October 10th 2014 i took my son to our local hospital and he was diagnosed with gastroenteritis and sent home, on the 12th october he was readmitted and i was told he was seriously ill his appendix had burst, he was transferred to the manchester chldrens hospital on the 13th and they could not tell me if he would survive. we were so very lucky thanks to the skills of the surgeons, my son survived, we spent 4 weeks in hospital then we were home for 4 weeks when he started to be unwell again. the local hospital sent us home saying he had trapped wind!! later that evening he was readmitted because he was vomiting green stuff. his bowl had twisted a few times and he was readmitted to manchester for a further 10 days. I dont really know what to say only my heart breaks for Karlysle’s family. for a few days I thought I would lose my son, he was 14 years old, I am so lucky he is coming up to his 16th birthday.

  2. Rob McLean says:

    Sorry but this is tabloid journalism at its worst!
    Are we to assume that all the staff at our UNDER RESOURCED hospitals are lazy uncaring and cant be bothered?
    That is the tone of your report.
    When will you start asking questions about N.H.S UNDER FUNDING?
    The government will not help, the hospitals are terrified of more cuts.
    Speak to someone from the National Health Party.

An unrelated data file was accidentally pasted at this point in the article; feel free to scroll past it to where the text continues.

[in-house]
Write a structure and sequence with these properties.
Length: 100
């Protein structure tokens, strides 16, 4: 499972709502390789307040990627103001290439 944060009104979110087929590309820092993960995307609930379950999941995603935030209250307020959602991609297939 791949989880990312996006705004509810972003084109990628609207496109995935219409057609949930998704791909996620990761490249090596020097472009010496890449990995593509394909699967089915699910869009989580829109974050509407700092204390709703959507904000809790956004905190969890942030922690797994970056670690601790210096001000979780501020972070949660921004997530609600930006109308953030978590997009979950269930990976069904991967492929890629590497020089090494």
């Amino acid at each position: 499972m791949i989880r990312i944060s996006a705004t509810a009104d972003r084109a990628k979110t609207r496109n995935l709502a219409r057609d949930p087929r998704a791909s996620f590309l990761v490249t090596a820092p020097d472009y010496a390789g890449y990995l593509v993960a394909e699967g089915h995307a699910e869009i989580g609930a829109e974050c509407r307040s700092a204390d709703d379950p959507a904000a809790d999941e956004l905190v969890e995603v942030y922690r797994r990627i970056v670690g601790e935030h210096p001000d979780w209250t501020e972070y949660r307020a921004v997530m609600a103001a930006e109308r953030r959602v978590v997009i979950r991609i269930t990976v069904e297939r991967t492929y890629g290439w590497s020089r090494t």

Stop the knee jerk reaction!
    I expected better reporting from Channel 4 news.

  3. Mr A Randall says:

    This very same thing could of happened to me if my wife hadn’t forced me to go back and see my GP. After going to my GP and being told I had IBS I went home for 2 weeks I was in agony when I went back to see a different Gp I was told I had appendicitis and after going to hospital and being left without pain relief for 3 hours or seeing anyone at all I was rushed into theatre after which I was informed that had I waited a further 24 hours I would not be alive now. As of yet I still have not received a single apology from the GP or the surgery nor do I anymore. This is absolutely disgusting and my thoughts and prayers go out to this family at this time.

  4. Leonard Persaud says:

    My heart bleeds for the family. Mistakes are made by those who do acts. Those who do nothing make no mistakes!!!. I know that the NHS will make adjustments to their system to amend mistakes made here. This young man may have given his life for the better of us all.

  5. Gary says:

    When will one of the spineless weaklings in Government take proper charge of the NHS? The highest priority within the NHS now is box-ticking and neck-saving. Patient welfare doesn’t even factor into the equation any more.

  6. Nadine curran says:

    Some NHS treat people as a number too much in this day and age. Days have gone where all had compassion and cared for their line of work! Agency staff work hard but do not have the same degree as the Matron did…. Things did not happen as they happen now, too many things go un noticed, too many things get swept under the carpet, too many angels are dying at the hands of lack of compassion and care!! Its wrong!!

  7. Shanita says:

    Too many chiefs and not enough Indians. That’s the problem. I visited Manchester infirmary recently and was surprised to see two nurses running a extremely busy geriatric ward. There were over 18 patients between them. Mistakes will be made because of all the continuous cuts the government keeps making. The staff are over worked and under paid. They will be under even more pressure now.